BASEBALL: GRAND SLAM
The baseball term "grand slam" was coined by New York sportswriter Ernest Lanigan in 1933.
The term "grand slam" is an integral part of the game of baseball, but few know the origin of the phrase. It was coined by New York sportswriter Ernest Lanigan in 1933.
The term was inspired by a dramatic event at the Polo Grounds in New York City. On June 12th, 1933, the Brooklyn Dodgers were playing the New York Giants. The Dodgers' batter, Charles "Chuck" Klein, hit a home run with the bases loaded - a grand slam.
At the time, the term was not widely used, but Lanigan recognized the significance of the event and decided to coin a term for it. He wrote, “Klein’s grand slam home run was the feature of the afternoon and served to emphasize the impotence of the Giants’ pitching in the clutch.”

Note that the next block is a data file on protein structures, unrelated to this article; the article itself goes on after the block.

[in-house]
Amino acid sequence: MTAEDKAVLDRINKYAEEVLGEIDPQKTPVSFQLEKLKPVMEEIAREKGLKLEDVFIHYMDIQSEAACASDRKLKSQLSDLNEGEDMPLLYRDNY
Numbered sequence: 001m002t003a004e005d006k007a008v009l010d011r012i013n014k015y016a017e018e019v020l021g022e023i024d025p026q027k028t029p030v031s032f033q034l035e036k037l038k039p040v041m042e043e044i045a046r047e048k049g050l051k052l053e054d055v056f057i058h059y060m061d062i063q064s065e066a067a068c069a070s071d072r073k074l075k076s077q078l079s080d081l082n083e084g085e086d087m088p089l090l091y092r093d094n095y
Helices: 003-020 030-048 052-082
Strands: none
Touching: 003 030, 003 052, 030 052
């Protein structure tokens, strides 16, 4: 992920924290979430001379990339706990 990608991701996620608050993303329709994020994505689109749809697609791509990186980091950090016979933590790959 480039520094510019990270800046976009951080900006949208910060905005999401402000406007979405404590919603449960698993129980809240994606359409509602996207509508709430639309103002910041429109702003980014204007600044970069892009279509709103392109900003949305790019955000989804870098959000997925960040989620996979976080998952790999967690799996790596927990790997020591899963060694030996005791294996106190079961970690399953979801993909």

The term "grand slam" quickly caught on and has been a part of baseball lingo ever since. It is often used to refer to any situation in which a team or individual achieves a great success, such as winning a championship or completing a major project.
Ernest Lanigan's contribution to the game of baseball has been immense. His invention of the phrase "grand slam" has become an integral part of the game and has been used to describe other situations as well. His influence and impact on the sport will be remembered for generations to come.